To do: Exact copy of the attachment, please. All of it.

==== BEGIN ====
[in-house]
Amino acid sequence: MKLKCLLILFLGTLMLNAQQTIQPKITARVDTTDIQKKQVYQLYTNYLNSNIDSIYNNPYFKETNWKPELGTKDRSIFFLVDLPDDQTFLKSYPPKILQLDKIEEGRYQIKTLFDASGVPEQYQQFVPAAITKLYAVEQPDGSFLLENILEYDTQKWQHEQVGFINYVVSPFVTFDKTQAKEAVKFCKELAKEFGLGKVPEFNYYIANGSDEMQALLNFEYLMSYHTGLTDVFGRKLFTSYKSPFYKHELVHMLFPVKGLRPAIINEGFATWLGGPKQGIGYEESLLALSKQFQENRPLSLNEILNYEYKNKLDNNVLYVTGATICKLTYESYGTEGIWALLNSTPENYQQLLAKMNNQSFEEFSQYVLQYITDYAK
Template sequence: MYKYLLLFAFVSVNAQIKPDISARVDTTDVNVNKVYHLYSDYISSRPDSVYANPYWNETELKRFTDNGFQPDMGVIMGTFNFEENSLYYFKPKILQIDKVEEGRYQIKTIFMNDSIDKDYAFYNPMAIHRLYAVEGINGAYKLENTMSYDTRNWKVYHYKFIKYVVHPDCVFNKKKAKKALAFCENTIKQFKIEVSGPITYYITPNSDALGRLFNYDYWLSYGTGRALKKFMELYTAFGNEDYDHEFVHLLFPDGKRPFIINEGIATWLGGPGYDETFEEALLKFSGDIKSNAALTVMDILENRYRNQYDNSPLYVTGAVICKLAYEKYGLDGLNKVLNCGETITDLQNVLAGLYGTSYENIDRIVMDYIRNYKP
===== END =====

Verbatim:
[in-house]
Amino acid sequence: MKLKCLLILFLGTLMLNAQQTIQPKITARVDTTDIQKKQVYQLYTNYLNSNIDSIYNNPYFKETNWKPELGTKDRSIFFLVDLPDDQTFLKSYPPKILQLDKIEEGRYQIKTLFDASGVPEQYQQFVPAAITKLYAVEQPDGSFLLENILEYDTQKWQHEQVGFINYVVSPFVTFDKTQAKEAVKFCKELAKEFGLGKVPEFNYYIANGSDEMQALLNFEYLMSYHTGLTDVFGRKLFTSYKSPFYKHELVHMLFPVKGLRPAIINEGFATWLGGPKQGIGYEESLLALSKQFQENRPLSLNEILNYEYKNKLDNNVLYVTGATICKLTYESYGTEGIWALLNSTPENYQQLLAKMNNQSFEEFSQYVLQYITDYAK
Template sequence: MYKYLLLFAFVSVNAQIKPDISARVDTTDVNVNKVYHLYSDYISSRPDSVYANPYWNETELKRFTDNGFQPDMGVIMGTFNFEENSLYYFKPKILQIDKVEEGRYQIKTIFMNDSIDKDYAFYNPMAIHRLYAVEGINGAYKLENTMSYDTRNWKVYHYKFIKYVVHPDCVFNKKKAKKALAFCENTIKQFKIEVSGPITYYITPNSDALGRLFNYDYWLSYGTGRALKKFMELYTAFGNEDYDHEFVHLLFPDGKRPFIINEGIATWLGGPGYDETFEEALLKFSGDIKSNAALTVMDILENRYRNQYDNSPLYVTGAVICKLAYEKYGLDGLNKVLNCGETITDLQNVLAGLYGTSYENIDRIVMDYIRNYKP